Thursday 22 February 2018

Fast turnaround isn't an issue for Blues boss

John Savage

PICKING up the pieces after a Championship final defeat is never an easy task, but when your new squad is torpedoed by an emigration crisis, a return to the annual showpiece must seem a long way off.

The manner of Newtown Blues' defeat two years ago to St Patrick's would also have left some heavy scars, as they were easily the better team in the first (drawn) game, but paid an expensive price for not finishing the job.

Current boss Pat McDonagh was in the Gaelic Grounds that day, and Dowdallshill for the replay, but little did he know just how badly the squad that took to the field would be ravaged over the ensuing months.

It certainly explains Blues' failure to mount a serious challenge last summer, but as the wanderers have trickled back, so too has Blues' mojo.

McDonagh, a self-made millionaire, knows a thing or two about fighting adversity, and that's exactly what the past two seasons have been about. Now, though, there is light at the end of the tunnel.

'We lost a lot of momentum last year because we just didn't have the players,' he says, after watching his team finally pull through a gruelling 120-minute-plus battle with champions St Pat's.

'We won the Sheelan Cup, but we didn't do that well in the League and it was hard to get it moving. We improved as the year went on, but by the time the semi-final came along we just weren't strong enough to make that final step, and we were only beaten by a point in the end.

'This year we have had the luxury of a full squad. We lost Paul Moore and Aidan O'Brien last week, but other than that we have a full squad and we're really up for it.'

It has been a long, tough road to the decider and McDonagh knows Cooley represents another huge challenge.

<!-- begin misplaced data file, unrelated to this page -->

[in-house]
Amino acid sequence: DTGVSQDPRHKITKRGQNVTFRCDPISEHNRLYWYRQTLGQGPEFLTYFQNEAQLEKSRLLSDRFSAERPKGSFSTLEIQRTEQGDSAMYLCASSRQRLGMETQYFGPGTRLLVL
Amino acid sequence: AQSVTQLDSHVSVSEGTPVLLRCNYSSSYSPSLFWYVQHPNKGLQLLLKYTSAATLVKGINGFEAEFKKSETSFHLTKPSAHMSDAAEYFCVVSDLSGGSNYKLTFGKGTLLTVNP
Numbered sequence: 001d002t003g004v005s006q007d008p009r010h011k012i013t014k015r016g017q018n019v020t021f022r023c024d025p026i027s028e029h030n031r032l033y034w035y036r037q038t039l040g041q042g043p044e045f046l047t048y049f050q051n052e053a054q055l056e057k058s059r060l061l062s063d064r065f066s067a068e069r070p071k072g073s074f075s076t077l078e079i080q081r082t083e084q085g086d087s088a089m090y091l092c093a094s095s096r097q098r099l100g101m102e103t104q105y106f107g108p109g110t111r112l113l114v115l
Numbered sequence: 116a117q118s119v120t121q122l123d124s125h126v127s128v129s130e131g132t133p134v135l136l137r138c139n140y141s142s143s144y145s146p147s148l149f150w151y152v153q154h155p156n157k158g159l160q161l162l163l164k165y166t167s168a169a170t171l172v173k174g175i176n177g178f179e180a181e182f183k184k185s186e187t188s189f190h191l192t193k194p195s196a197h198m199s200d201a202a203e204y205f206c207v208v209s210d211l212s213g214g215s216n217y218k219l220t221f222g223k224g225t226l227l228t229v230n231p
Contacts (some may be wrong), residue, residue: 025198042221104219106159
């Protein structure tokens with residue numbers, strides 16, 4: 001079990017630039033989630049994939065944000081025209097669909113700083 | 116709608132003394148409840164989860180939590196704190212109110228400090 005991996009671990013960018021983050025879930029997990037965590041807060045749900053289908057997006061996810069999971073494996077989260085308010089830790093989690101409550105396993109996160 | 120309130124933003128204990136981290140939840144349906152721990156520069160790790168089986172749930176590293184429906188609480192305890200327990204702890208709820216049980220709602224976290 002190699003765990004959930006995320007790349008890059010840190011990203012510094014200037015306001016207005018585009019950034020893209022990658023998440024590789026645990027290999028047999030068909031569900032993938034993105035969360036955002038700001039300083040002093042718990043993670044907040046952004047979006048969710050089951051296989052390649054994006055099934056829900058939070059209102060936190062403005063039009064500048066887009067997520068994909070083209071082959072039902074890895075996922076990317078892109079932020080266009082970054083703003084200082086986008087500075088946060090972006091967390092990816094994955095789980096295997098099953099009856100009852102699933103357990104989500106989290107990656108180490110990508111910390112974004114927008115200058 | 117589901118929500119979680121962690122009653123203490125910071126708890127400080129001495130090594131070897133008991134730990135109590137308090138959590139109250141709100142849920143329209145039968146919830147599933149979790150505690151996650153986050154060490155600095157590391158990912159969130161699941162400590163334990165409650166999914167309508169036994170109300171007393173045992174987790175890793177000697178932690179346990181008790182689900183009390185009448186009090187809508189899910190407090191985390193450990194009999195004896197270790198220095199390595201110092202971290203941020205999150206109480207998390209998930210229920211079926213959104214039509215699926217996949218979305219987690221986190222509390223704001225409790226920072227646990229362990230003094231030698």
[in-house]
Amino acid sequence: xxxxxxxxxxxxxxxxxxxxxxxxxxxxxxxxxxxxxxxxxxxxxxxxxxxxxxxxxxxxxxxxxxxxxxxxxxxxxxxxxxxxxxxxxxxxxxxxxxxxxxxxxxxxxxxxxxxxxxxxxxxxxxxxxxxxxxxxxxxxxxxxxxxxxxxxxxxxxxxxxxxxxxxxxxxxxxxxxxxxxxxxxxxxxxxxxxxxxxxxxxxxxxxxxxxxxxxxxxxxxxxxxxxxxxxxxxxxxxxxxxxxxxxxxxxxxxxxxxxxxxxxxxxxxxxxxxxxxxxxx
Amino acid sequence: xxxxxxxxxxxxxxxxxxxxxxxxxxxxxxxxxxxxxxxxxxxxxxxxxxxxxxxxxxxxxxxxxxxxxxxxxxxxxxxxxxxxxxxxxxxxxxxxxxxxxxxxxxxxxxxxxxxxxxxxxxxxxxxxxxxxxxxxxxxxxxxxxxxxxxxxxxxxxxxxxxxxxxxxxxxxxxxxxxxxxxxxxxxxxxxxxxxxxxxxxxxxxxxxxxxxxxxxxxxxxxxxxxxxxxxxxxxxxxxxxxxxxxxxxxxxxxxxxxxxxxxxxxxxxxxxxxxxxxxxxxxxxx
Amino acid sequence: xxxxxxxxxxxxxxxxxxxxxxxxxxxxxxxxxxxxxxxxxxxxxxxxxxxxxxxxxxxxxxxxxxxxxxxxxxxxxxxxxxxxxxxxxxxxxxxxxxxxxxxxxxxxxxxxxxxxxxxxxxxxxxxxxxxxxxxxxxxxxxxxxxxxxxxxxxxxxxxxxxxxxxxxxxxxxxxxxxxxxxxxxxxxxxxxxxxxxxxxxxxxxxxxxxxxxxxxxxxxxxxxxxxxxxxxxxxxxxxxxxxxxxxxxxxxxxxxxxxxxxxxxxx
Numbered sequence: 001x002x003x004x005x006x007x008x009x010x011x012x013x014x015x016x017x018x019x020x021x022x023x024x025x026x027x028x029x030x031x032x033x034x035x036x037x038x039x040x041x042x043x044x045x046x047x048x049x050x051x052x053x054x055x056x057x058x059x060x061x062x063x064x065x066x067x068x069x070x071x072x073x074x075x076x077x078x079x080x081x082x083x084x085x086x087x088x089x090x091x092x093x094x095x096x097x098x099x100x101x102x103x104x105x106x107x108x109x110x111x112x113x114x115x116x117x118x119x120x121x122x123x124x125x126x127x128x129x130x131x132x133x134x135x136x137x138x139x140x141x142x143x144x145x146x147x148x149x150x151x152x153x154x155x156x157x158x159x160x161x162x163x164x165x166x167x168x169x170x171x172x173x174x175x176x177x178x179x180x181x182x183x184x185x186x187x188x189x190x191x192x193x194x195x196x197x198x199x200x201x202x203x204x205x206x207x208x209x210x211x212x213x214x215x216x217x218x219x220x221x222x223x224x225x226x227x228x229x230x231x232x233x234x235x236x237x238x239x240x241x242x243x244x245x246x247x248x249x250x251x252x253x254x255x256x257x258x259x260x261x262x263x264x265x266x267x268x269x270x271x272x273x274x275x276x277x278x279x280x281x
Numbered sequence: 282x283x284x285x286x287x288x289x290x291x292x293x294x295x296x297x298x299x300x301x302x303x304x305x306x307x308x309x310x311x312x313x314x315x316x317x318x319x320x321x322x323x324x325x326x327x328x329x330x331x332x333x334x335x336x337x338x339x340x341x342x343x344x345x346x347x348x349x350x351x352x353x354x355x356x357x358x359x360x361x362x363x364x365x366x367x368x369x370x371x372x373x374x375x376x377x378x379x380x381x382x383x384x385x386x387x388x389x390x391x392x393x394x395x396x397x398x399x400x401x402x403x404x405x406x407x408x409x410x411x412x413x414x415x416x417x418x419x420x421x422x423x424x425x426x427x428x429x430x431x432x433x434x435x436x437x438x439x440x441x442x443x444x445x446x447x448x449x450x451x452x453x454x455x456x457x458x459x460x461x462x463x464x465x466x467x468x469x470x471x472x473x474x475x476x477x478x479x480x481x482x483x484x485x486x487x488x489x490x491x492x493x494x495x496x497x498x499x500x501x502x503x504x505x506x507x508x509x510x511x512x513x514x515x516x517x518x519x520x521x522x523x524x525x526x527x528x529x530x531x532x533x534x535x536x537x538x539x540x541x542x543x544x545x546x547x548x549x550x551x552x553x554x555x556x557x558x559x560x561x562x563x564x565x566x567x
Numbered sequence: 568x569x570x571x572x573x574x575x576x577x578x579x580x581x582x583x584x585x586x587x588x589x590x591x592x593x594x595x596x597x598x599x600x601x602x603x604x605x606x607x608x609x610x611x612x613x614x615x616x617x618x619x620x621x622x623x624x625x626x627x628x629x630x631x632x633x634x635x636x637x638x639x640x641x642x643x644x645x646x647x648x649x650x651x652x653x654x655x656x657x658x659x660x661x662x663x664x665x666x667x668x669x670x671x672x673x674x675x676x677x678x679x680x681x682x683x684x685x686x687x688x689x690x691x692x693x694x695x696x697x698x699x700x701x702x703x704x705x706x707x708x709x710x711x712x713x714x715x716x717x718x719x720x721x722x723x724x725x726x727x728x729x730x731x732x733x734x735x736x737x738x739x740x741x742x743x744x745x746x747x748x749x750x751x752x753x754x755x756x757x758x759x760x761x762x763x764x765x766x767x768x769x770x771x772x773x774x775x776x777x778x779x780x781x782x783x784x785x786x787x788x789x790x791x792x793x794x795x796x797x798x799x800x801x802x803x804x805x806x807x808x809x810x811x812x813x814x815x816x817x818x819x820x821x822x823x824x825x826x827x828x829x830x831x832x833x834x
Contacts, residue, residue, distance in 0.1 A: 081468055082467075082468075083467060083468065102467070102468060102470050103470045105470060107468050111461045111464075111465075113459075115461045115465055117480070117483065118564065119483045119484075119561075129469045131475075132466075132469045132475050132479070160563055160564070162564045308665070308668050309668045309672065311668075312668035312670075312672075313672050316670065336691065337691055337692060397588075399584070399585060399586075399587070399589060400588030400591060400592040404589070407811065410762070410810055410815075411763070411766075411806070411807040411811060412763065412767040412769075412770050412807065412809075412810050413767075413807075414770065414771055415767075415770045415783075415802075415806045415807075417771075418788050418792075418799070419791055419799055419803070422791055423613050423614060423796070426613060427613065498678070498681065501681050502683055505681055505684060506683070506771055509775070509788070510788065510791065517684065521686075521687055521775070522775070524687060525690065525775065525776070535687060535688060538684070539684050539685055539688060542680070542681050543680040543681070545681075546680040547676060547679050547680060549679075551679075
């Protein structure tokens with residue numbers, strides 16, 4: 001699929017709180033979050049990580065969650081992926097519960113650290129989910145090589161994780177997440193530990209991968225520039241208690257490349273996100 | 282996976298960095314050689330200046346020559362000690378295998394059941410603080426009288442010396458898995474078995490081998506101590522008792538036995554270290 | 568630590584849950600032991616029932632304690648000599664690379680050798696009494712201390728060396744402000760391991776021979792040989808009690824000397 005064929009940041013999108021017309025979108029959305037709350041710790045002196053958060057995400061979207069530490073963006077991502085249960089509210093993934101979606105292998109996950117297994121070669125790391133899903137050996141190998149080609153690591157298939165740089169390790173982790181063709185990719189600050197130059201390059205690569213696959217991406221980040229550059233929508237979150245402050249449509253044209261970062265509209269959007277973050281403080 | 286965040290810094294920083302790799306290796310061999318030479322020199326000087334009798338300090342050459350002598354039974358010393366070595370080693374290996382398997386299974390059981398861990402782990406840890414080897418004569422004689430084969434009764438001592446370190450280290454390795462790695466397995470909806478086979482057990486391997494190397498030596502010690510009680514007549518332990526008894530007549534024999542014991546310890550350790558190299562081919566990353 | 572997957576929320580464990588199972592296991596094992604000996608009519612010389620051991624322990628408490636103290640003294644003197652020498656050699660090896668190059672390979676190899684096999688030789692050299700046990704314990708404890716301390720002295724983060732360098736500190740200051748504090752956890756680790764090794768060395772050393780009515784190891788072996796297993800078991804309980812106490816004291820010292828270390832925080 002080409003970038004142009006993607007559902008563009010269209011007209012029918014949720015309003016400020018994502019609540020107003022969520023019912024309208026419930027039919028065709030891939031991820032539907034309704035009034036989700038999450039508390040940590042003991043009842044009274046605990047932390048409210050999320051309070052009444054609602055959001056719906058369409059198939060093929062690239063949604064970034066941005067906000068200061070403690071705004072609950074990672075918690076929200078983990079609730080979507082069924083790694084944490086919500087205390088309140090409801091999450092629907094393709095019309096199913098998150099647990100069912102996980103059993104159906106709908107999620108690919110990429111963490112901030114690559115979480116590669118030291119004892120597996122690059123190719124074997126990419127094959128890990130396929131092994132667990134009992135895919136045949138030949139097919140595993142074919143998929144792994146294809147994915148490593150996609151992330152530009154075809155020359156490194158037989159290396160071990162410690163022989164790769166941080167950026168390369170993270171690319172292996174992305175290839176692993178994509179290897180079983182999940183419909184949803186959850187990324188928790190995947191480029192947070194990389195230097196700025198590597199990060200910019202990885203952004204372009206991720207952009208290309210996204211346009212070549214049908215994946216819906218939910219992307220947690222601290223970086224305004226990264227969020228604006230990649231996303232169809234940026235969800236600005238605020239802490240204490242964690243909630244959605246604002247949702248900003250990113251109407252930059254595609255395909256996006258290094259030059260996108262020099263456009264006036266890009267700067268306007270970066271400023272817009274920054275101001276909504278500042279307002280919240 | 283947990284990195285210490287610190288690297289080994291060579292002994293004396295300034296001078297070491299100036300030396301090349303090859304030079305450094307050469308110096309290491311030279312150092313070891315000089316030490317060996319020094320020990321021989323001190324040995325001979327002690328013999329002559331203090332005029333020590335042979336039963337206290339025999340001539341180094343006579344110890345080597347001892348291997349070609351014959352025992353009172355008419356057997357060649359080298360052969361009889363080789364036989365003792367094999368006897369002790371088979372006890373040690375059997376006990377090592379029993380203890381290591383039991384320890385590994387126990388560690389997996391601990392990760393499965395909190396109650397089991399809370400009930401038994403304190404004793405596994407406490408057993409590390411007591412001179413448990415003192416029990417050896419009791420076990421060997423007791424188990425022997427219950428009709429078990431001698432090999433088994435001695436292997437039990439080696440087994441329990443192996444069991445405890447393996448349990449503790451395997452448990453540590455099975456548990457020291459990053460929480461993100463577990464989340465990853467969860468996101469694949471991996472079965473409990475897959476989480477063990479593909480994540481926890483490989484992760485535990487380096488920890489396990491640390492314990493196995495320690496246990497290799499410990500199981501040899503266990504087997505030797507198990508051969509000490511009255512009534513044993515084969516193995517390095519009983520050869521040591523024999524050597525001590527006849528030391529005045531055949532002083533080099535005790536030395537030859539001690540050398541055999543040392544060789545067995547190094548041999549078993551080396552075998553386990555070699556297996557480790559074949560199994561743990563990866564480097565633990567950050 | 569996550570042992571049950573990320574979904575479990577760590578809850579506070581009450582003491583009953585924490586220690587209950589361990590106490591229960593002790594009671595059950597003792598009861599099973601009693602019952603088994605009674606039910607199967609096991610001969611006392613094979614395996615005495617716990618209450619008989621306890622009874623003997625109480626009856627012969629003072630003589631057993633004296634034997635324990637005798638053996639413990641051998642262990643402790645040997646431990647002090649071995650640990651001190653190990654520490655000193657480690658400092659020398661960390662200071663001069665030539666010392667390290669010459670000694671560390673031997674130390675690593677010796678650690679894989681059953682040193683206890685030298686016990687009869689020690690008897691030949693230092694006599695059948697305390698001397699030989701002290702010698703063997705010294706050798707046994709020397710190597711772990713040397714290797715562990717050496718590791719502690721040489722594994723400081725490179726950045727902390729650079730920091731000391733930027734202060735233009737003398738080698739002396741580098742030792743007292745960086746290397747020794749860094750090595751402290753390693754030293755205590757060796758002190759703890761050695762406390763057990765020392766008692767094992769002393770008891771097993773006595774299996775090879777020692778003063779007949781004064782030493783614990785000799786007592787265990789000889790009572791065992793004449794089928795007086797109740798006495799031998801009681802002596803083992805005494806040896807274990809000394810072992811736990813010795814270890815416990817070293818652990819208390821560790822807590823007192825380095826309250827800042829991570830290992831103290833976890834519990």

'It has been a tough route for us because we've had to beat

last year's finalists Dreadnots, Mattock and now the champions.'

However, far from bemoaning an eight-day turnaround, the Dublin native sees the semi-final tussle with Pats as an added bonus.

'An extra hard game will always stand to a team. This is a young enough side. We have a few older ones, but the vast majority of them are young and there's a good few Championship campaigns left in most of them, so I think it will stand to us. We picked up a couple of injuries last week, but none tonight and we're back to work on Tuesday night and everyone will be in with a shout for a place on Sunday.'

In both games against Pats, Blues seemed to have a stronger bench and injuries to Moore and O'Brien - and even not starting with Colm Judge the first day - didn't seem to hinder them in the manner that Colin Goss and Jamie O'Hare's absence hurt the Pats.

'We have five or six on the bench that are capable of starting, but it's a 20-man game now and when you have guys that are capable of coming in you're actually strengthening it up as the game goes on.'

The obvious danger now is complacency - not so much because they will be slight favourites for the decider, but because they won such a tight and lengthy semi-final battle.

'We have already had that conversation and our job as a management team is to make sure that doesn't happen. Having come this far they're mature enough now to know what we have to do this week to prepare ourselves for the final.'

It's also the management team's job to instil confidence and self-belief and McDonagh is leading from the front.

'I don't know a great deal about Cooley, but we beat them in the League on a really bad night and it was a tough battle. What can I say - of course we're going to beat them!' he adds, only half-joking.

The Argus

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